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Janis: Little Girl Blue

4 out of 5 stars

A documentary on the life and legacy of legendary blues singer Janis Joplin, with great archive clips and interviews

Joshua Rothkopf

Time Out says

Filmmaker Amy Berg’s deeply sympathetic documentary about Janis Joplin – a singer whose shredded wail tapped reservoirs of pain – gets so much right, it feels like a major act of cultural excavation. We get a glimpse of the high-school-aged Janis’s report card (mostly Cs and Ds) and a thorough sense of the tomboy rebel who found her way to San Francisco’s hippie scene. Joplin’s flower-girl mystique is punctured by frustrated bandmates and lovers of both sexes. Best are her letters to home, voiced by Cat Power’s Chan Marshall, pushing us further inside a troubled head than most rock docs dare.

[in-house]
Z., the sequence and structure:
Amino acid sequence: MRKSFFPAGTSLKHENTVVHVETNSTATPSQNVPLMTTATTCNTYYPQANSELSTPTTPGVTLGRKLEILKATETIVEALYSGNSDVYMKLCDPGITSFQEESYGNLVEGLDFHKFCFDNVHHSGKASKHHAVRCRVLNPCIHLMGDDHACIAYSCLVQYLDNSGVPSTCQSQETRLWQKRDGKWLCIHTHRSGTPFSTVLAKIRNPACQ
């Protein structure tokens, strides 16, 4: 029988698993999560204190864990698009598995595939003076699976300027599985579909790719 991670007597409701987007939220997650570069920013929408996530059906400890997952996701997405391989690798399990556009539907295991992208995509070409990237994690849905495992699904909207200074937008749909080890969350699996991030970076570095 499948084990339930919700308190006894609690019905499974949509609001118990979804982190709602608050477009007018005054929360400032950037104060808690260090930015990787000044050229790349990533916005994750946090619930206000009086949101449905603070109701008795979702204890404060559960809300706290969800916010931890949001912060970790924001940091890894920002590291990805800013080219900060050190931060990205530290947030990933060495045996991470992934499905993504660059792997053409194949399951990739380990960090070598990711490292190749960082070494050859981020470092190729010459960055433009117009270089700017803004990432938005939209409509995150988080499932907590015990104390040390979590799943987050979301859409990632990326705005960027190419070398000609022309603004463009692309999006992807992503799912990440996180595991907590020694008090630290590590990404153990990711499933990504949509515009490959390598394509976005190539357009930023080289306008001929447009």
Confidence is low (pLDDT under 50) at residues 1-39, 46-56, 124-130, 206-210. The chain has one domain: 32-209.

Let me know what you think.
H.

As with recent films ‘Amy’ and ‘Kurt Cobain: Montage of Heck’, tragedy can’t help but loom. Still, Joplin’s drug use turns out to be more of a battle than you might have known. She’d already gotten hooked on heroin and kicked it before succumbing to loneliness (and a relapse). Berg relies too often on a shot of a train track receding, while her film tells a more complex story: Joplin wasn’t drawn inexorably to her fate but instead comes off like an adventurer with a sad, untamed spirit.

Release Details

  • Release date:Friday 5 February 2016
  • Duration:103 mins

Cast and crew

  • Director:Amy Berg
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